“Singapore favors talented individuals who possess wealth and technical skills. The market here is not lacking in various investors and high-net-worth individuals,” Wang Jian told a journalist from Southern Weekly, stating that Singapore’s financial industry is relatively saturated and in greater need of IT professionals.
Singapore’s Prime Minister, Lee Hsien Loong, once said at a summit, “We only have 3.5 million Singaporeans, but there are billions of people who might be queuing up to enter Singapore.”
In the first decade of the 21st century, Singapore welcomed immigrants from around the world with open arms. At that time, Jiang Jing and her husband obtained permanent residency in Singapore with the government’s welcome, and they bought an apartment early on.
In 2013, Singapore’s “Population White Paper,” which included immigration policies, sparked protests from locals, with some even calling for the ruling People’s Action Party to step down. After five days of intense debate, the Singapore government began to moderately tighten immigration policies for highly skilled talents.
In the past decade, obtaining permanent residency has become more difficult in order to optimize talent and ensure employment opportunities for locals.
Since August 2014, the Singapore government has required companies applying for work permits to advertise job positions on the official employment website for 14 days before considering foreign applicants, if there are no suitable local candidates.
Since then, Singapore has focused more on attracting global high-end talents as a national strategy. In 2022, the Singapore Economic Development Board introduced the “Tech Pass,” welcoming technology professionals earning a monthly salary of over SGD 20,000 to work in Singapore.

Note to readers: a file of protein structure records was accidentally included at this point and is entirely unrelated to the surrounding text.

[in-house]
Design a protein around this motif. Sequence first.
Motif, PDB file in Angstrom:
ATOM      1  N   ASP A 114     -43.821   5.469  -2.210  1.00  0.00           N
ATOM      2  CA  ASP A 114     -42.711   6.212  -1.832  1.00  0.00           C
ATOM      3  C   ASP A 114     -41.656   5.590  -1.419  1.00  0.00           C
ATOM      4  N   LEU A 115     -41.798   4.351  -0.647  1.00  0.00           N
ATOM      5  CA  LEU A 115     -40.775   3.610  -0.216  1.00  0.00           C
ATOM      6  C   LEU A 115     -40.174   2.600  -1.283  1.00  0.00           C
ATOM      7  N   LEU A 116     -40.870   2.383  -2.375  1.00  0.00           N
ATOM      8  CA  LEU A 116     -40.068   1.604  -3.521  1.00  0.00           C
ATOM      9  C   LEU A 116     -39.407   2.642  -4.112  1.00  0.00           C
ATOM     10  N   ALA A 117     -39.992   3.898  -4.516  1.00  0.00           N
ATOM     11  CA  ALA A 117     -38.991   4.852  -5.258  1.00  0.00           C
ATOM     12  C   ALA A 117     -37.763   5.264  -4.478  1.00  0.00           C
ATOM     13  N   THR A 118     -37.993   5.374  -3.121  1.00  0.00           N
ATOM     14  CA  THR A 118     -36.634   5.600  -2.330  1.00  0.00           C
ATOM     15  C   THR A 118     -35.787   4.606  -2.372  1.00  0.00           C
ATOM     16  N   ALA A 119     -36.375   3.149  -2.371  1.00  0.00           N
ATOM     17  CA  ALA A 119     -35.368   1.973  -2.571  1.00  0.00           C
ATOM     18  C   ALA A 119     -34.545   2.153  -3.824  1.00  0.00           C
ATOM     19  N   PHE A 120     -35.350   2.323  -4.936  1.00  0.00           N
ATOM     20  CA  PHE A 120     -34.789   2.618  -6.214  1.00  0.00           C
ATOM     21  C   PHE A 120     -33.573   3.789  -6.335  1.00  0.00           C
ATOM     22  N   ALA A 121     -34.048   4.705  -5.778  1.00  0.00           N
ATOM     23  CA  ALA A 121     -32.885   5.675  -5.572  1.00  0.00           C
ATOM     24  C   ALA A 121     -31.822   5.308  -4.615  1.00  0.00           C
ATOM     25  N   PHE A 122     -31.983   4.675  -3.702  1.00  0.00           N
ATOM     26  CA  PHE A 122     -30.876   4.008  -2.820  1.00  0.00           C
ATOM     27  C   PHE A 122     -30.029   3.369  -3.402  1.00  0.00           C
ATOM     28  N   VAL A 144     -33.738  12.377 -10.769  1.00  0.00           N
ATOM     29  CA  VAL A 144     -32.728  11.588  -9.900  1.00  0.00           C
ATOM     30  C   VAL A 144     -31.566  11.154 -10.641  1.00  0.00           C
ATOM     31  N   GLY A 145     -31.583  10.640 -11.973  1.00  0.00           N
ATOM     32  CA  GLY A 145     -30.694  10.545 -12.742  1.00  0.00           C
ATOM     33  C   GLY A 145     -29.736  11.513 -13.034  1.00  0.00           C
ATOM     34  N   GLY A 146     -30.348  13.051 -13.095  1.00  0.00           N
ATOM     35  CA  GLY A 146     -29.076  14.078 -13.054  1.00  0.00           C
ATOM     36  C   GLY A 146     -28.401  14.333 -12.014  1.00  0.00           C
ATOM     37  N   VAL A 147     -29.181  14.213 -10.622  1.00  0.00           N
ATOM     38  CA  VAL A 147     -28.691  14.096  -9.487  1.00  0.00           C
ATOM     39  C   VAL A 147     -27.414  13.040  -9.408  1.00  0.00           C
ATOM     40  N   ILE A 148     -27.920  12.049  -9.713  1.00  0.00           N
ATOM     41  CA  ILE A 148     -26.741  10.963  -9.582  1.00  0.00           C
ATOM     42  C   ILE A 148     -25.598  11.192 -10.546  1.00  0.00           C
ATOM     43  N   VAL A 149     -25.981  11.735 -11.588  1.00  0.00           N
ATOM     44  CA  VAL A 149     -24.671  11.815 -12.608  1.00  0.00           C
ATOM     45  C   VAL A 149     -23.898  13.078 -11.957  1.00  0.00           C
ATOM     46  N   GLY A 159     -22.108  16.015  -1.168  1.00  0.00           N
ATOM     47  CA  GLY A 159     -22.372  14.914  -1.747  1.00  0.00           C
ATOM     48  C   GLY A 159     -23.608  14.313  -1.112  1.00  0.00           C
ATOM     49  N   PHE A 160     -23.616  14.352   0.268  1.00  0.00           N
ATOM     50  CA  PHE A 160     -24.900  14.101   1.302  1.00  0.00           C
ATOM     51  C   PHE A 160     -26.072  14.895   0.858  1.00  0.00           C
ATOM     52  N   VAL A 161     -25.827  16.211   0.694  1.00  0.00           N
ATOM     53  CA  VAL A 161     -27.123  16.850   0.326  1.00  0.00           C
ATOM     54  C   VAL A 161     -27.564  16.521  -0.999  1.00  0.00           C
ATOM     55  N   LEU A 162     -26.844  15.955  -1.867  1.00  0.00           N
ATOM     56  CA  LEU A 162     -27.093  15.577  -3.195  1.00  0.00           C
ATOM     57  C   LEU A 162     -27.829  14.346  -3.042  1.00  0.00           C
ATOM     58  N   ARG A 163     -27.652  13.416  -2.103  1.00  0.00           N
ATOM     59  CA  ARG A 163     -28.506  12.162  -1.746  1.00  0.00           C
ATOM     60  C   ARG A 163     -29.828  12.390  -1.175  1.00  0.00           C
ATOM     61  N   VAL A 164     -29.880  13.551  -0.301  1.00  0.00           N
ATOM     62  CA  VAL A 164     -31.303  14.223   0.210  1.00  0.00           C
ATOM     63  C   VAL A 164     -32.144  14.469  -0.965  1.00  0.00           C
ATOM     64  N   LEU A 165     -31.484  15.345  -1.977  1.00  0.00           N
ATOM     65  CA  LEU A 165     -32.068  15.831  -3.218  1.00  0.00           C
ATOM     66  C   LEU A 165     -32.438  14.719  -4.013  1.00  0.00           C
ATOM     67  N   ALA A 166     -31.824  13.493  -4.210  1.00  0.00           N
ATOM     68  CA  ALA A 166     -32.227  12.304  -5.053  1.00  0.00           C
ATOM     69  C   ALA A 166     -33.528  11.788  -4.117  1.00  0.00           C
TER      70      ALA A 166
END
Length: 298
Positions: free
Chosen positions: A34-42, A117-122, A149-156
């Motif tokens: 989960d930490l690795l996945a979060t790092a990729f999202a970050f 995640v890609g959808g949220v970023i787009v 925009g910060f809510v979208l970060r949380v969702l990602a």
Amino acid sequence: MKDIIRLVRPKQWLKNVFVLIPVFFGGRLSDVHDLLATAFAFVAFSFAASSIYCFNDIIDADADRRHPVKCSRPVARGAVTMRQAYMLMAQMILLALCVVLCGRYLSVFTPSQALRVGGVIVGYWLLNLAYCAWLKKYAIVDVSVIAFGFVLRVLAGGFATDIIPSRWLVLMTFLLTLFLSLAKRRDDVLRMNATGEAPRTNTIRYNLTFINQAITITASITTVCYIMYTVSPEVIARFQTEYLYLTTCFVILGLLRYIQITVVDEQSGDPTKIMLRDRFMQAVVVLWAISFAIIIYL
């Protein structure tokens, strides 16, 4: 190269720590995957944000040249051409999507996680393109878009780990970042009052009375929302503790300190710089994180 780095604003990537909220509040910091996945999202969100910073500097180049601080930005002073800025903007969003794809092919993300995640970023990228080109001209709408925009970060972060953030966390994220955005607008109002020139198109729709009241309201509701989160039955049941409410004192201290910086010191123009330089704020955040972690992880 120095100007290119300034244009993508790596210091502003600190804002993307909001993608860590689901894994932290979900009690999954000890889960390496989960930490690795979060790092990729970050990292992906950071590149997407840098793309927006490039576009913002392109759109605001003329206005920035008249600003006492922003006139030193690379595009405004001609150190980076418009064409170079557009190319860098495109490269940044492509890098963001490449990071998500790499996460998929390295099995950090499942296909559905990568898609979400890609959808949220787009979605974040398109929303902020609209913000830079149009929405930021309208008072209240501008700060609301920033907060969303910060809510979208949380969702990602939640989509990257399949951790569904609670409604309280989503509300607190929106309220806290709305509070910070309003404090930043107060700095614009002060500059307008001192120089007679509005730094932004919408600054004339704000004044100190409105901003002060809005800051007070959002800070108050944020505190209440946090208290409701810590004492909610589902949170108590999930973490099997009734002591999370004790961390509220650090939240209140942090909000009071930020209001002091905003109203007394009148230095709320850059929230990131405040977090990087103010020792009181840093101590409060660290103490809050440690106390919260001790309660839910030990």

On March 15, 2023, the Singapore government raised the threshold for attracting wealthy individuals through the “Global Investor Program” (GIP). Previously, foreign wealthy individuals could apply for permanent residency by investing SGD 2.5 million in companies, funds, or family offices. Now, this investment has been raised to SGD 10 million.
Compared to Singapore, Zhou Rui has a more positive view of Hong Kong’s talent policy. “In terms of immigration policy, whether a Singapore permanent residency application is approved still depends on the Immigration and Checkpoints Authority’s attitude, while most people in Hong Kong can obtain permanent residency as long as they hold the Hong Kong Talent List Work Visa for seven years,” he said.
At the end of 2022, the Hong Kong “Talent List” program was implemented. As of the end of February 2023, Hong Kong has approved nearly 9,000 applications, with 95% of applicants coming from mainland China.